Anxiety is a condition for which current treatments are often limited by adverse events (AEs). Components of medicinal cannabis, cannabidiol (CBD) and tetrahydrocannabinol (THC), have been proposed as potential treatments for anxiety disorders, specifically posttraumatic stress disorder (PTSD). To evaluate quality-of-life outcomes after treatment with various cannabis formulations to determine the effectiveness and associated AEs.
Cannabis-based medicinal products (CBMPs) have been identified as novel therapeutics for generalised anxiety disorder (GAD) based on pre-clinical models; however, there is a paucity of high-quality evidence on their effectiveness and safety. This study aimed to evaluate the clinical outcomes of patients with GAD treated with dried flower, oil-based preparations, or a combination of both CBMPs. A prospective cohort study of patients with GAD (n = 302) enrolled in the UK Medical Cannabis Registry prescribed oil or flower-based CBMPs was performed. Primary outcomes were changes in generalised anxiety disorder-7 (GAD-7) questionnaires at 1, 3, and 6 months compared to baseline. Secondary outcomes were single-item sleep quality scale (SQS) and health-related quality of life index (EQ-5D-5L) questionnaires at the same time points. These changes were assessed by paired t-tests. Adverse events were assessed in line with CTCAE (Common Terminology Criteria for Adverse Events) v4.0.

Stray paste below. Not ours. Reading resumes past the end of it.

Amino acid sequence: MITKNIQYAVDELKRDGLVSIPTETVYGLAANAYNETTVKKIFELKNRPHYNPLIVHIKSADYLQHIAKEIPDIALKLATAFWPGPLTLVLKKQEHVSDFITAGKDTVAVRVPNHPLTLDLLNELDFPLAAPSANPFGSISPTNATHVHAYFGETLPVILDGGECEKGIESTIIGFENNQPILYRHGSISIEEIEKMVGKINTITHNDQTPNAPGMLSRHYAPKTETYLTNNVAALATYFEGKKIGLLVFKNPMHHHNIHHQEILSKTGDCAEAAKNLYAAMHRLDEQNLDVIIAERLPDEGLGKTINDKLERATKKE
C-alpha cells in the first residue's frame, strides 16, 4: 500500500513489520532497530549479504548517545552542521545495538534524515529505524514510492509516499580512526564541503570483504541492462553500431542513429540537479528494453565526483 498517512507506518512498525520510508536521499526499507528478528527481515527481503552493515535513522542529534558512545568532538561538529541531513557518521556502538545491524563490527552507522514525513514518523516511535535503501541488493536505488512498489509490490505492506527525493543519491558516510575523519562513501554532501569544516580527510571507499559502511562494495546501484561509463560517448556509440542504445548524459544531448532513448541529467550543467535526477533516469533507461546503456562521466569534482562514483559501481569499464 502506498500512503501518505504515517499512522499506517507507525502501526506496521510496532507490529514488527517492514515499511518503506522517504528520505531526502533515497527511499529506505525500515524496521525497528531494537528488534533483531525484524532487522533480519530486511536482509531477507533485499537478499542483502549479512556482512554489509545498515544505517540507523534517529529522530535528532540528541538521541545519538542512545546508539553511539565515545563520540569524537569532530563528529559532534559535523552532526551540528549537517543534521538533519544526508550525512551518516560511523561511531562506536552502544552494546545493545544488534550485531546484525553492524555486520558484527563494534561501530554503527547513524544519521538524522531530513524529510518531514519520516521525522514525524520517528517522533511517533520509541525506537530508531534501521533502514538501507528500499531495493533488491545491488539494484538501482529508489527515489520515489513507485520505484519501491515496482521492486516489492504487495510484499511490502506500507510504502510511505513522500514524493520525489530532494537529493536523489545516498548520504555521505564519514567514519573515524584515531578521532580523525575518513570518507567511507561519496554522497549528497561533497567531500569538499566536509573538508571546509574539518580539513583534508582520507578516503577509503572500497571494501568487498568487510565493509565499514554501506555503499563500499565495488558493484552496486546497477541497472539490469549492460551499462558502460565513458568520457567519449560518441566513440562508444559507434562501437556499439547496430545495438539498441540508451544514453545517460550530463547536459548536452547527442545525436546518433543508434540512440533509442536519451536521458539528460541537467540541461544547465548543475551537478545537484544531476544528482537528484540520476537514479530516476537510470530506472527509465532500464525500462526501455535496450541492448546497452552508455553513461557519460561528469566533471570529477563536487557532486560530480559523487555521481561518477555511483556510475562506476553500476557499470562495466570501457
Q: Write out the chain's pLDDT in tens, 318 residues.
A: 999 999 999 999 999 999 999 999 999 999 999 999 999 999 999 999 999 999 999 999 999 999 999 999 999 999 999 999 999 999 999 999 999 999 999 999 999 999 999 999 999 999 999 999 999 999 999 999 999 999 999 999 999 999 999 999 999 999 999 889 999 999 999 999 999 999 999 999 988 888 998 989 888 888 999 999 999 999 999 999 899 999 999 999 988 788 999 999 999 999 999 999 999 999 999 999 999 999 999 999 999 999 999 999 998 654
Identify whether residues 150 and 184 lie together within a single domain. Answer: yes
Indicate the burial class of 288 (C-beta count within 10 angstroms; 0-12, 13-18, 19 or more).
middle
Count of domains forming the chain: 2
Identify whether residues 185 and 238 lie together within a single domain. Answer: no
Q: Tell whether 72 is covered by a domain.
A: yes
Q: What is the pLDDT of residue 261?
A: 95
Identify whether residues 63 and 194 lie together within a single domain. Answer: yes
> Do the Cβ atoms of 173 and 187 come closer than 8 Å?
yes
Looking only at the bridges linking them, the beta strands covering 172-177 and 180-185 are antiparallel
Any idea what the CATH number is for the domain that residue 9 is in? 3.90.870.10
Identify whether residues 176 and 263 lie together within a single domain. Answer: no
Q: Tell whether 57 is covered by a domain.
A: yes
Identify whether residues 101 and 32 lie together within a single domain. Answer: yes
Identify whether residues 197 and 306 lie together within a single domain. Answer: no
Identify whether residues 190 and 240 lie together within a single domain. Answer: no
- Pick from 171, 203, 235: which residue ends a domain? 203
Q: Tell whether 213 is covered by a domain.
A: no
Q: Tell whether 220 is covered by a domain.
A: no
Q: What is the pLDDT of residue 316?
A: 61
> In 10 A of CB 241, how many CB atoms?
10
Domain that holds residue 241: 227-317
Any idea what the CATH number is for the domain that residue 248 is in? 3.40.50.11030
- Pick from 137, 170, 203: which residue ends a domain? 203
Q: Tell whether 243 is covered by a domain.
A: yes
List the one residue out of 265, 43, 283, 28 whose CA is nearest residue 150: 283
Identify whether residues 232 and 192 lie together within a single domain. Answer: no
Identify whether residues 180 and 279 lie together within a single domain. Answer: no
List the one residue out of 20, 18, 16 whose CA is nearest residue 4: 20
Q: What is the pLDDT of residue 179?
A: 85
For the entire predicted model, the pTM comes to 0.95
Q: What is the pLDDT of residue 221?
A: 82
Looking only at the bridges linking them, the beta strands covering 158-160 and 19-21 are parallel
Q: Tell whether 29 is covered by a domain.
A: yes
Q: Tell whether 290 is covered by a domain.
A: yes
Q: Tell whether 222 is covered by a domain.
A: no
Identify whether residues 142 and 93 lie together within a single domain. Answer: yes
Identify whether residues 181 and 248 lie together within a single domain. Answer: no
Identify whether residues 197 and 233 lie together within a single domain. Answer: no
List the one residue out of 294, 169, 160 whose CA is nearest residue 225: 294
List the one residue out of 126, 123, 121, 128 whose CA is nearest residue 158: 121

Medicinal cannabis has been legal in the UK since 2018 but there is limited information about characteristics of people seeking prescribed cannabis and the effectiveness of this treatment. This paper documents symptom patterns and quality of life among individuals seeking medicinal cannabis and examines changes in symptoms, quality of life and use of pre- scribed opioids using data from an observational registry study of patients (Project Twenty21). Self-report data, including condition-specific symptomatology and general health (quality of life, general health, mood and sleep), were available at treatment entry for 2833 patients seeking medicinal cannabis for any indication and also at 3-month follow-up for 1410 individuals seeking treatment for anxiety disorders, chronic pain or PTSD. Among chronic pain patients, dose and fre- quency of prescribed opioid use was available.
Over the past decade, use of cannabidiol (CBD) to manage common symptoms such as anxiety, sleep disturbance, and pain has expanded rapidly. However, few clinical trials have investigated CBD’s safety or efficacy. Furthermore, whether effects vary by characteristics of the product or individual characteristics is largely unknown.
Evidence suggests cannabidiol (CBD) has anxiolytic properties, indicating potential for novel treatment strategies. However, few clinical trials of CBD-based products have been conducted, and none thus far have examined the impact of these products on cognition.